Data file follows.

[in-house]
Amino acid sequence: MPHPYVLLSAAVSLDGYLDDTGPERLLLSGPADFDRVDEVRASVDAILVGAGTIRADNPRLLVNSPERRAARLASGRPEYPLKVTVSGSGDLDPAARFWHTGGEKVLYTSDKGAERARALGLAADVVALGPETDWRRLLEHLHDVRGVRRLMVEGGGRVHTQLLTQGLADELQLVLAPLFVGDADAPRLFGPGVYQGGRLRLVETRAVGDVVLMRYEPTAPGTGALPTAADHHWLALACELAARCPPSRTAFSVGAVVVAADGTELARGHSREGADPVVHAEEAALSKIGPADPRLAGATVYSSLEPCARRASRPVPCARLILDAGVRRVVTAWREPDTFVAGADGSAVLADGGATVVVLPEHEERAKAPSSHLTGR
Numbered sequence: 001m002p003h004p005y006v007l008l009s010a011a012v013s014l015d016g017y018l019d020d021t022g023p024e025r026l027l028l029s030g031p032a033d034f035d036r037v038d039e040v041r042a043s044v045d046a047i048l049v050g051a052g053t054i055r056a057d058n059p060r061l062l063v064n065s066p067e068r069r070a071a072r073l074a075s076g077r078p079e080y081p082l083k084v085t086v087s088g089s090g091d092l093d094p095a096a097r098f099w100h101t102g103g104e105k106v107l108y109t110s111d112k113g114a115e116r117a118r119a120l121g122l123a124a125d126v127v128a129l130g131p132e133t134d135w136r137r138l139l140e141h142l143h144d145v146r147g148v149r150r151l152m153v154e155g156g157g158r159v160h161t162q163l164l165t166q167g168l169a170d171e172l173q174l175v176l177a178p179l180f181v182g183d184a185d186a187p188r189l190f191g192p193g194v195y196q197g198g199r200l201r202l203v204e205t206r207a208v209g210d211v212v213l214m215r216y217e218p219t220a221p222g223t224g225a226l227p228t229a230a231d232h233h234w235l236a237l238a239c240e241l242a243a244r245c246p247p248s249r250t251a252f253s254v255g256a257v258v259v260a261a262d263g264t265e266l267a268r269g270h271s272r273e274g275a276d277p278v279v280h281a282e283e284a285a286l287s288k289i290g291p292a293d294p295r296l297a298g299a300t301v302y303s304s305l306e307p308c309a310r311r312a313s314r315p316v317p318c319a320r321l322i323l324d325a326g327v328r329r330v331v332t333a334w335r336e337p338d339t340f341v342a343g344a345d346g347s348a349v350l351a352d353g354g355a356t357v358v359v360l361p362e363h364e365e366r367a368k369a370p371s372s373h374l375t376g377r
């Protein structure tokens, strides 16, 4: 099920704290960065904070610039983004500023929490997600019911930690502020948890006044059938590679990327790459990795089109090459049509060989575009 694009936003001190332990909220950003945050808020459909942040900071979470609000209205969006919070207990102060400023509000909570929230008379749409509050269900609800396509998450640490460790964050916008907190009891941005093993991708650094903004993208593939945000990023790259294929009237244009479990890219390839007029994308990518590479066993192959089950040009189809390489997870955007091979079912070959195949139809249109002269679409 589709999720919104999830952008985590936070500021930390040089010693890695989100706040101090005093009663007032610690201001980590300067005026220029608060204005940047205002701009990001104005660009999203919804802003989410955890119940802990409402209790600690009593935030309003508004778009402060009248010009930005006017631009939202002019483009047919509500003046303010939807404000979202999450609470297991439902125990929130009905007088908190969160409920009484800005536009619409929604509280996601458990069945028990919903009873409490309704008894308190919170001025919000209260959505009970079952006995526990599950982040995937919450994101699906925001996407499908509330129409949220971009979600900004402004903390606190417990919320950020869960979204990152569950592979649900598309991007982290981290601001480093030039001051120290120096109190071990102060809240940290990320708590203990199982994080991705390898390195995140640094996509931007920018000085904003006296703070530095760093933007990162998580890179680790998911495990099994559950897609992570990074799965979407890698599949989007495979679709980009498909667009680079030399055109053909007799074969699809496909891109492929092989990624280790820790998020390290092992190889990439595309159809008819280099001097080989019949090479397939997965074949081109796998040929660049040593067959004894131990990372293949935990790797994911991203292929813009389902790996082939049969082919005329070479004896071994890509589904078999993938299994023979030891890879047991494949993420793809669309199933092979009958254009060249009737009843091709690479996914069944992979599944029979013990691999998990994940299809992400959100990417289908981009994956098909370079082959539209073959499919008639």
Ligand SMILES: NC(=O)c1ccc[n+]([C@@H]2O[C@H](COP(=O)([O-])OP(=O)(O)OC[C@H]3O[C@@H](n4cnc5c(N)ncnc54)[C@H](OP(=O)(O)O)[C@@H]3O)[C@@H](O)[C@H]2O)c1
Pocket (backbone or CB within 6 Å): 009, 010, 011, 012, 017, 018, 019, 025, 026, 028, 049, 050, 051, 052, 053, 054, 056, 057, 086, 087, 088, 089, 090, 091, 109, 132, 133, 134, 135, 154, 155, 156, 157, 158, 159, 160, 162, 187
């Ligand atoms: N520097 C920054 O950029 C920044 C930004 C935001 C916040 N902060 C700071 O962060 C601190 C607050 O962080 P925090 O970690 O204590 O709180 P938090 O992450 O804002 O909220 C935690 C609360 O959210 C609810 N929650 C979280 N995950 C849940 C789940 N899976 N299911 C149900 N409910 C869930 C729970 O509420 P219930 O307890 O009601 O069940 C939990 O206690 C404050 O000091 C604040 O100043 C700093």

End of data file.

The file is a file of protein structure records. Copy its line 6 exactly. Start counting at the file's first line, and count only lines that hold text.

Pocket (backbone or CB within 6 Å): 009, 010, 011, 012, 017, 018, 019, 025, 026, 028, 049, 050, 051, 052, 053, 054, 056, 057, 086, 087, 088, 089, 090, 091, 109, 132, 133, 134, 135, 154, 155, 156, 157, 158, 159, 160, 162, 187